IPR Institution Is Not Permanent, and Is Nonappealable

Biodelivery Sciences Int’l, Inc. v. Aquestive Therapeutics, Appeal Nos. 2019-1643, -1644, -1645 (Fed. Cir. August 29, 2019)

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John Isacson

On motion, the Federal Circuit dismissed the second appeals in three IPRs pertaining to oral films used for the delivery of active components.  The PTAB initially instituted the three IPRs, but not on all the grounds contained in the petitions.  In total, there were seventeen grounds in the petitions, and the PTAB instituted on only three.

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A Party Who Lacks Standing Can Still Trigger the Section 315(b) Time Bar

GoPro, Inc. v. 360Heros, Inc., IPR2018-01754 (Precedential Opinion Panel, August 23, 2019)

By John Isacson

Section 315(b) of Title 35 prohibits institution of an IPR where the petition is filed more than one year after service of a complaint alleging patent infringement.

In GoPro v. 360Heros, the Precedential Opinion Panel (POP) considered a situation where GoPro petitioned for an IPR more than one year after 360Heros filed a counterclaim alleging patent infringement.  Before the district court, GoPro successfully challenged 360Heros’ standing to sue on the basis that 360Heros had not been formally assigned title to the asserted patent by the inventor at the time of filing its counterclaim.  Subsequently, 360Heros did receive an assignment.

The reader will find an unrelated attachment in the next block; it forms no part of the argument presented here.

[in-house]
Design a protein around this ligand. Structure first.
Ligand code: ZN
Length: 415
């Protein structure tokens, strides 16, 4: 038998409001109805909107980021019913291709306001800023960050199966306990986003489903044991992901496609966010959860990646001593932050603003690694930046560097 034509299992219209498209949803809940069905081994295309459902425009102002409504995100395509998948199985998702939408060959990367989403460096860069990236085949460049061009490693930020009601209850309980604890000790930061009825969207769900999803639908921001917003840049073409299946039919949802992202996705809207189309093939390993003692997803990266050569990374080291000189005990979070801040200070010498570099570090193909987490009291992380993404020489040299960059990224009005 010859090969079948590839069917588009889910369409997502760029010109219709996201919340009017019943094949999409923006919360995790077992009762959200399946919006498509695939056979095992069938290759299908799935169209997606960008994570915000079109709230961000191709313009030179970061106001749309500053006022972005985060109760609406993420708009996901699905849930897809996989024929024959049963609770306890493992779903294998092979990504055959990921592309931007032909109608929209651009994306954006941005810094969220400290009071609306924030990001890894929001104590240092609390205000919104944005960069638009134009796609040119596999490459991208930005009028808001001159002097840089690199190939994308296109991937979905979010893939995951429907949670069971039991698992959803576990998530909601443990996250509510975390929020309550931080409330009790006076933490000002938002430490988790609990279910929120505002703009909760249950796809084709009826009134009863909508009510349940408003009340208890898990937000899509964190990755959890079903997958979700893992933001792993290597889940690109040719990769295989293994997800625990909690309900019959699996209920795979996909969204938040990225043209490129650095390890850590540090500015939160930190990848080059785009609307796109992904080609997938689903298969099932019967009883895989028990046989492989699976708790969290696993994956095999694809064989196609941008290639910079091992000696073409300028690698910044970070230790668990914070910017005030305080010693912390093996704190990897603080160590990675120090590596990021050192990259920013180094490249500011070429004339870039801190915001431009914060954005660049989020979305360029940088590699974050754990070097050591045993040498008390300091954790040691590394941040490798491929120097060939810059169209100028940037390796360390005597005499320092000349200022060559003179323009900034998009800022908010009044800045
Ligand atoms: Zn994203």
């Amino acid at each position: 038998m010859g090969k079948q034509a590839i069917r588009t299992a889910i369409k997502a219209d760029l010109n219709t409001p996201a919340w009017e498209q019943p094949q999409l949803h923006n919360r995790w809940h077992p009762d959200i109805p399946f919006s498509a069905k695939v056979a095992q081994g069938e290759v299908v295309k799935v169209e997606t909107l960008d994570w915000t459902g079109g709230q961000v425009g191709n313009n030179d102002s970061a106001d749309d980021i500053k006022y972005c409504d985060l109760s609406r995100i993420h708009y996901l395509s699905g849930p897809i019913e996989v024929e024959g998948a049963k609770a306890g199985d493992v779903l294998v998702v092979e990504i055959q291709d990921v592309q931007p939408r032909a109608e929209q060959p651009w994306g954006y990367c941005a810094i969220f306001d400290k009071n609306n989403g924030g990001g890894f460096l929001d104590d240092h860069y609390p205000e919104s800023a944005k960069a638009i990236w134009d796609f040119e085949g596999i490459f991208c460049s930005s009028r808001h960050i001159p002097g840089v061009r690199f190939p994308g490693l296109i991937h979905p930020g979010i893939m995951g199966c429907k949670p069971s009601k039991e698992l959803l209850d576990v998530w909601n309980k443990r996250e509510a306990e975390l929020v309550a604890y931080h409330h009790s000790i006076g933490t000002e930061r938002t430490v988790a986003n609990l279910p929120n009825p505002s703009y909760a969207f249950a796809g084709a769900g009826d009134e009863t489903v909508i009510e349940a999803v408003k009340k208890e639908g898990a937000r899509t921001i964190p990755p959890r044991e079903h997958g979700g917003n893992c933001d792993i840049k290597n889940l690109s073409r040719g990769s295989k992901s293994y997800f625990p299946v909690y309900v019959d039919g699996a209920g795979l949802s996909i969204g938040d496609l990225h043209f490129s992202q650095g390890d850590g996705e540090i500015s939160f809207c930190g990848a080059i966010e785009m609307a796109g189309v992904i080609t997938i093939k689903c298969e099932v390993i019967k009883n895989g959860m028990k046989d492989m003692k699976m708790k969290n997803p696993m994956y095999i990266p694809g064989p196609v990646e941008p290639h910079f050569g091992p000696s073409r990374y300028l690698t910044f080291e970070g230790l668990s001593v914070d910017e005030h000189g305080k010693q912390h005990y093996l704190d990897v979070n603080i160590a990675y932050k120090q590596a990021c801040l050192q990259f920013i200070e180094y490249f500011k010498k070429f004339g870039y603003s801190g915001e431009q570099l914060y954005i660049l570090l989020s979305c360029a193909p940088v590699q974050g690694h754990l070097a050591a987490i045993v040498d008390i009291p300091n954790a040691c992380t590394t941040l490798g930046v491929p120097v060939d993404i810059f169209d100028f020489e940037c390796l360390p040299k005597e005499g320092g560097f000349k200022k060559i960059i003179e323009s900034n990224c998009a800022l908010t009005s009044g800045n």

GoPro filed its petition more than one year after 360Heros’ counterclaim was served.  360Heros sought to have the IPR barred for failure to comply with 35 USC 315(b), which states: Continue reading “A Party Who Lacks Standing Can Still Trigger the Section 315(b) Time Bar”

Federal Circuit Vacates a Board Decision for Failure to Construe a Term as a Means Plus Function Limitation

MTD Products Inc. v. Iancu, Appeal No. 2017-2292 (Fed. Cir. August 12, 2019)

By John Isacson

MTD had a patent for steering and driving systems for zero turn radius vehicles, such as lawn mowers.  The patent was challenged in IPR, where the Board had to construe the claim term “mechanical control assembly … configured to” perform a function.  The Board construed the term as not being governed by 35 U.S.C. §112, ¶6, and held the claims to be obvious.

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